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Run Wild Horses: Aaron Watson on Country Music, Family, and Faith

As an independent artist in the country music industry, Aaron Watson has broken multiple records and defied the odds as a musician. Always true to himself, Watson finds his own way in the industry; an honest, genuine, heartfelt way that fans can relate to in their own lives. Watson has been recording albums since 1999 and has developed a strong and loyal fan base, as well as collecting accolades usually reserved for artists signed under major labels on Music Row. Lula 1892 had a chance to catch up with Watson between shows to discuss his favorite influences, writing inspiration, and how it felt to top the Billboard Top Country Albums chart as an independent artist.

Photo courtesy of Joseph Llanes

Born and raised in west Texas, Watson stays true to the culture of his great state with his music. “I write about what I know and what inspires me. I’m from West Texas- I grew up in Amarillo- and I lived in a little town outside Abilene now. It’s a wonderful place and I’m very proud of it. There are wonderful people here that I’ve been surrounded and inspired by my whole life,” he commented when asked what about Texas inspired him to write. Watson’s love for his home and roots features prominently on his newest album, Vaquero, released earlier in 2017, with the songs “Texas Lullaby” and “These Old Boots have Roots”, and again on The Underdog, released in 2015, most especially in “Blue Bonnets”.

Texas isn’t the only thing that brings heart to Watson’s music. With a strong discography, much of which is devoted to his wife and children, it is easy for fans to relate to the love and life he croons about. Watson mentions in his official biography that he isn’t interested in adding to the steady stream of hook-up anthems coming out of Music Row. Instead, Watson celebrates monogamy, strong love, faith, and staying together to live out the vows we make to one another and to our children. His two most recent albums include songs penned to all three of his children. “I write about what is in my heart. I’m a dad of three and I love my wife. I think that should be put on a pedestal and celebrated. You have to be authentic and true to yourself- I’ve written many love songs for my wife and I continued to be inspired by her daily. My daughter has me wrapped around her finger, and on my previous record the title track “The Underdog” was written for my boys, so she said I had to write a song for her on my next album. I wrote “Diamonds & Daughters” because I wanted a song that could celebrate all of the fathers and daughter’s love out there- it’s a special kind of love.”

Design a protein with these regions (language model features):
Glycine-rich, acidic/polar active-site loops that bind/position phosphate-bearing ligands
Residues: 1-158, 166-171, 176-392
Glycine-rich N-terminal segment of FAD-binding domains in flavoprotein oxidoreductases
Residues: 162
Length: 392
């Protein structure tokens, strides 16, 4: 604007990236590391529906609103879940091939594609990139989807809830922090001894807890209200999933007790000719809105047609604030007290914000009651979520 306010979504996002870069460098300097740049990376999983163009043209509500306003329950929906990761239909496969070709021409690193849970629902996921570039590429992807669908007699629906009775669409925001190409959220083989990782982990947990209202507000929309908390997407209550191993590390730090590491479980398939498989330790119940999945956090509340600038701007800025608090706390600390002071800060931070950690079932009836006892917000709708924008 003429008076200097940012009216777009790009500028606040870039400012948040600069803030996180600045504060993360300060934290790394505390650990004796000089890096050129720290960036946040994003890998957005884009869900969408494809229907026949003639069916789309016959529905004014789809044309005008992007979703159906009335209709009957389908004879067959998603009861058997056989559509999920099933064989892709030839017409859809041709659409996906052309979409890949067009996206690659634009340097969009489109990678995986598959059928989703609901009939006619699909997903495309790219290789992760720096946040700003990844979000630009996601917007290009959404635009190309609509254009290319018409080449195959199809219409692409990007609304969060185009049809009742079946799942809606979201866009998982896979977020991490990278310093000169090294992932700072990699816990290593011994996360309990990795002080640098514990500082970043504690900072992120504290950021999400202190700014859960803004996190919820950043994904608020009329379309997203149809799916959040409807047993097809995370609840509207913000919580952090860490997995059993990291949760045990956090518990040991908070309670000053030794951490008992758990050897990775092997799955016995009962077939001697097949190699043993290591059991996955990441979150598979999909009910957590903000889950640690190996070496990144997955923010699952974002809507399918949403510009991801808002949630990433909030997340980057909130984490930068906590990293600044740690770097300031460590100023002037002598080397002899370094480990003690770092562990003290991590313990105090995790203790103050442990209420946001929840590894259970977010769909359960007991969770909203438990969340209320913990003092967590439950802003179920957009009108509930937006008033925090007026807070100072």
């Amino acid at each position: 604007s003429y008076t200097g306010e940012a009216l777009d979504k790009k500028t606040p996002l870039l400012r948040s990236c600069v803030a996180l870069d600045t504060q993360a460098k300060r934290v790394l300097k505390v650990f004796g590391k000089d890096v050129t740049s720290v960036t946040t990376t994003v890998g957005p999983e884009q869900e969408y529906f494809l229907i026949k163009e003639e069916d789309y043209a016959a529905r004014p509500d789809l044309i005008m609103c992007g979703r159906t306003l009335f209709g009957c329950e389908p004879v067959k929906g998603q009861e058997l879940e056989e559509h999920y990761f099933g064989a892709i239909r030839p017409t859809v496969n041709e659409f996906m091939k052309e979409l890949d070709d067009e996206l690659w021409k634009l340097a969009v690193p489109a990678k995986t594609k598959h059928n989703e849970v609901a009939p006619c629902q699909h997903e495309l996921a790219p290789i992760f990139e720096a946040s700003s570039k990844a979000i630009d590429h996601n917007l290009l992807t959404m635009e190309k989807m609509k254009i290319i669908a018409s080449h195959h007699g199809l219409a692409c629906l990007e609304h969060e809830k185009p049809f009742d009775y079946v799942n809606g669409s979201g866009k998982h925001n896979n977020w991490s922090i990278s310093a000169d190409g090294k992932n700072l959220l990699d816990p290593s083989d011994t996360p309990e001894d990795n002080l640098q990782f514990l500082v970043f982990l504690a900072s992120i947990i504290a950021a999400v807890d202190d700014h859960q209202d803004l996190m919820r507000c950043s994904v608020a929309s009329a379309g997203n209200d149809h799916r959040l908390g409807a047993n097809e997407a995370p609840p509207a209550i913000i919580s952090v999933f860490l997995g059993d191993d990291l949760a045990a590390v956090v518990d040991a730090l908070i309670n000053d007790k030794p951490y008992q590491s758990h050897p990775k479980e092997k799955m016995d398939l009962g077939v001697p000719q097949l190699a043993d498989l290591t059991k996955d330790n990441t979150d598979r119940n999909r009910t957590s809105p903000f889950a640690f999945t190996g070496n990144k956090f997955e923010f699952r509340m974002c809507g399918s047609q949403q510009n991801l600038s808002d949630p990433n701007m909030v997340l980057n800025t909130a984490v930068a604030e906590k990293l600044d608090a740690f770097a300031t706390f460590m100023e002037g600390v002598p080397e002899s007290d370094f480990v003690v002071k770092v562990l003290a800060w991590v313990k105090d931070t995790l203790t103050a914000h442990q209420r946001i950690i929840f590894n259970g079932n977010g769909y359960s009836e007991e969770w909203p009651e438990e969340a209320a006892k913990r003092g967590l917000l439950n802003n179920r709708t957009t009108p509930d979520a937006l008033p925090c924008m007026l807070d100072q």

As an independent artist, Watson has the freedom to produce the songs he wants to produce when he wants to produce them. That said, coming up the ranks of country music without a major backing label is no simple task. “It’s certainly not been a quick and easy path, but it’s been incredibly rewarding. I’ve been able to make the music I want to make on a schedule that works well for our business. I feel blessed so many artists have found inspiration in my story, and I tell them to get out there and just do it. Write and tour and work hard and never give up.” In 2015, Watson became the first independent male artist to debut at number one on the Billboard Top Country Albums chart with his album The Underdog- a self-released and independently distributed and promoted album. When asked about it, Watson recounted the moment with his wife, Kimberly Watson. “It was a really incredible moment with The Underdog. We had worked very hard to get to that point. I made that record with Keith Stegall, who is a legendary producer who’s worked with Alan Jackson and Zac Brown Band, just to name a couple. After the release week, which is always a lot of hard work, I woke up to take the kids to school, then was back at home cooking breakfast with my wife when my manager called and said we had officially done it. We were definitely excited, we jumped around and celebrated. My wife is amazing and has been by my side through this entire journey. I couldn’t have done it without her support, so it was very special to have that moment together.”